The National Catholic Review

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  • October 3, 2016

    If you work in Catholic publishing, it’s a certainty you’ve been asked one question at cocktail parties: Whatever happened to the Catholic novel? The tone of the query usually betrays declinist sympathies—Where have you gone, Joe DiMaggio?—even for folks who are otherwise glad to be rid of the subculture from which Flannery O’Connor, Walker Percy, Evelyn Waugh, Graham Greene and J. F. Powers arose. Many who yearn for those classics might be horrified to discover that four of the authors...

  • September 26, 2016

    Popular media in the United States continue to approve the Catholic Church’s social justice voice on poverty or the environment, but they dismiss its voice on sex, marriage and parenting. This is intensified by the contemporary framing of the latter issues in terms of “equality,” “freedom” and scientific rationality. In other words, social justice categories are applied to sex and family questions, and the church is found wanting.

    Nothing motivates me to try to bridge this divide...

  • September 19, 2016

    Like many of you, I am not embarrassed to say that I wept when I read the story of the terrible murders of two Catholic sisters who had served the poor in central Mississippi. They were stabbed to death in their house in Durant, Miss., by an intruder on Aug. 25.

    I know that many people suffer violent deaths throughout the world, in places like Syria and Sudan, and even in the inner cities of the United States. And I...

  • August 29-September 6, 2016

    While in Europe for a few weeks, I’ve been listening to what people say about the refugee problem. To be a Muslim anywhere is to be regarded as suspect; to be a Muslim refugee is to be persona non grata. Even friends and acquaintances I regard as broad-minded remarked that they think it a mistake for a society to accept large numbers of refugees from a very different culture. This was said in a European Union country that thus far has accepted a total of four Syrian refugees.

    In this...

  • August 15-22, 2016

    After a talk I gave in Melbourne, Australia, this past June, a friend introduced me to an elderly man who had been in the audience. The man had something he wanted to say. He came close to me and began to speak, from which I recollect only one crucial word: formation.

    Formation—yes. I could feel my neurons forming new pathways around that bit of Catholic jargon, and suddenly a bunch of puzzling stuff made sense....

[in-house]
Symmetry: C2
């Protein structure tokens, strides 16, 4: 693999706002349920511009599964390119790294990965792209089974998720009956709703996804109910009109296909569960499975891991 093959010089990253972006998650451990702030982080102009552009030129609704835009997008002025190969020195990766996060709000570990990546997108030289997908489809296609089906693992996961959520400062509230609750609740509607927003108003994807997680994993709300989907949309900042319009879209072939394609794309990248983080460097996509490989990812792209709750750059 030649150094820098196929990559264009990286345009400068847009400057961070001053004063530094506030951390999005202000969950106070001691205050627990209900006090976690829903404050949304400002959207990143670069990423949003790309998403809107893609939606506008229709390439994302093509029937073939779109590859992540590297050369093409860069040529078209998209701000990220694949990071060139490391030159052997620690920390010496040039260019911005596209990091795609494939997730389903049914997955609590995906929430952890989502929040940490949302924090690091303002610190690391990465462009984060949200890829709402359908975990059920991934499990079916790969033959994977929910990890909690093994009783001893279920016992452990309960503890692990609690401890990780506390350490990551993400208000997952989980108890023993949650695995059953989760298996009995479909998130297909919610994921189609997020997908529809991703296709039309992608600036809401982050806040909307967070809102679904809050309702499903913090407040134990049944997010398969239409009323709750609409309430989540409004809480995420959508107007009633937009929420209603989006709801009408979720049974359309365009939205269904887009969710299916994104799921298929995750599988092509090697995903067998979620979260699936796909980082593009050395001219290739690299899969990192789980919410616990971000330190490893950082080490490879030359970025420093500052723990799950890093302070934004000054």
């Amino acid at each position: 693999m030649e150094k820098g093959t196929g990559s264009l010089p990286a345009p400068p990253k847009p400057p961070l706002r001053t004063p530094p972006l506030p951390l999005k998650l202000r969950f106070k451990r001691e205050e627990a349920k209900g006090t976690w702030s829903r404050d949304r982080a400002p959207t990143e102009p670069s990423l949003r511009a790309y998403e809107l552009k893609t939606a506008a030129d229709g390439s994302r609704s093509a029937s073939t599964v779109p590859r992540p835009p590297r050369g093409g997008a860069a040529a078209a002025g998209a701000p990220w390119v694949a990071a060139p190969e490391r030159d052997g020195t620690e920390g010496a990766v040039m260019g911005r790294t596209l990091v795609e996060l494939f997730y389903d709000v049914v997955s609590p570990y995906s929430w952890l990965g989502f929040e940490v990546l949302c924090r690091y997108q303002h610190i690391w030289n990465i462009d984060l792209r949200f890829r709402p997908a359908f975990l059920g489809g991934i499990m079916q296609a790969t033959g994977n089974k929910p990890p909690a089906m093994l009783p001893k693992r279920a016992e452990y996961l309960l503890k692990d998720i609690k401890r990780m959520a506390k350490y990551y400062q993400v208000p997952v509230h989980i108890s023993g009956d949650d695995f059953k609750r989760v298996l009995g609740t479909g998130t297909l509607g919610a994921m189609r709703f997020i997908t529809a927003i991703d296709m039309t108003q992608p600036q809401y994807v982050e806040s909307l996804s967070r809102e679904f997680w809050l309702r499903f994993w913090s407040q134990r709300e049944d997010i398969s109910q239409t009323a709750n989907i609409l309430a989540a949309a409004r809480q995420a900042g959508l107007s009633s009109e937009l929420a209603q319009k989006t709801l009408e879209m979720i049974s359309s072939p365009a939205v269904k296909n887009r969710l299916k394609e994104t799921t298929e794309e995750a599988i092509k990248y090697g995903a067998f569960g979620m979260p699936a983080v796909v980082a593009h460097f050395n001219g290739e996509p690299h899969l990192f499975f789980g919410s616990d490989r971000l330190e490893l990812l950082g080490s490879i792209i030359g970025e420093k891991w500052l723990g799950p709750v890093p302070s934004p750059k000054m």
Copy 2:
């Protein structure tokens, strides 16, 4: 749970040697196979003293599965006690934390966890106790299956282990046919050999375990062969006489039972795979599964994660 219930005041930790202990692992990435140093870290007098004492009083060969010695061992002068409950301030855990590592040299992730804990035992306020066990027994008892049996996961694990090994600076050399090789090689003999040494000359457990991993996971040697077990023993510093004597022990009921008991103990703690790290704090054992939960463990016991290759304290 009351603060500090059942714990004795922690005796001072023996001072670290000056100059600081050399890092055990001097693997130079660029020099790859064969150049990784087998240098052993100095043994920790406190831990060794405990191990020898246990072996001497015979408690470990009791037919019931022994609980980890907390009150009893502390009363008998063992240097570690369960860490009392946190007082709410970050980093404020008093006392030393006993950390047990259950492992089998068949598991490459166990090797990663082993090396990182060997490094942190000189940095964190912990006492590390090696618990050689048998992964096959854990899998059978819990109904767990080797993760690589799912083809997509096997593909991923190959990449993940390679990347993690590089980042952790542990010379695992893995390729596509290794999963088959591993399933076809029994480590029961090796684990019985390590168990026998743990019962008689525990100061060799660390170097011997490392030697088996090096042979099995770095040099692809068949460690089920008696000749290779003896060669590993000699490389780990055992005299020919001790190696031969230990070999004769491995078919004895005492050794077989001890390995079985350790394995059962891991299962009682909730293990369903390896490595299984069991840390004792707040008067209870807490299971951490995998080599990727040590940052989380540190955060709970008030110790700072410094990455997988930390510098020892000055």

• August 1-8, 2016

    Somewhere around a quarter of a century ago, I found myself sitting down at a table in my high school gym to take the A.P. English IV test. I had an extraordinary teacher for that class, so I should have been ready; but I had spent months obsessively rereading Joseph Heller’s Catch-22 , with the occasional break for a Tom Clancy novel, and so was blindsided by the essay question: “Many famous novels feature a close relationship between a protagonist and his/...

  • July 4-11, 2016

    In the 1970s, when feminism got loud and national and had something approaching traction in the United States, it claimed that it would “do politics” and “do business” with a new focus. The focus would be people, not processes or power. It would be the vulnerable, not the usual recipients of government or corporate largesse.

    Today, confusion reigns where feminism is concerned. There are living witnesses to its earlier promises, but these are to be found, ironically, among grass-roots...

  • June 20-27, 2016

    What’s so great about a Jesuit education?

    It’s a fair question, given the bills that parents and students face these days. That’s not to say that Jesuit colleges are more expensive than comparable institutions of higher learning. The cost of tuition, room and board also varies widely from school to school. Still, the price tag for any Jesuit college might prompt anyone to ask: Is it really worth it?

    It’s also a common question for people unfamiliar with Jesuit education:...

  • June 6-13, 2016

    How should we treat the illustrious figures from our country’s past who have lost their shine? That was a question that roiled universities this past school year as students protested the relics of racism on campus and sought to obliterate the names of men whose deeds now seem objectionable or even heinous.

    Inside and outside academia, the protests at Yale, Princeton and other colleges spurred controversy and often criticism. “Too P.C.” was one charge. “You can...

  • May 16, 2016

    Living in New York City in the 1990s, it was easy to know what the cardinal archbishop was thinking regarding current events. A distinct memory from that pre-Internet age was that it seemed as if The New York Post and The Daily News had regular features screaming out, “Card Sez…” followed by a provocative quote from Cardinal John O’Connor in bold letters on the tabloids’ front pages.

    Over the past few years, I’ve been reminded of one quotation in particular. In...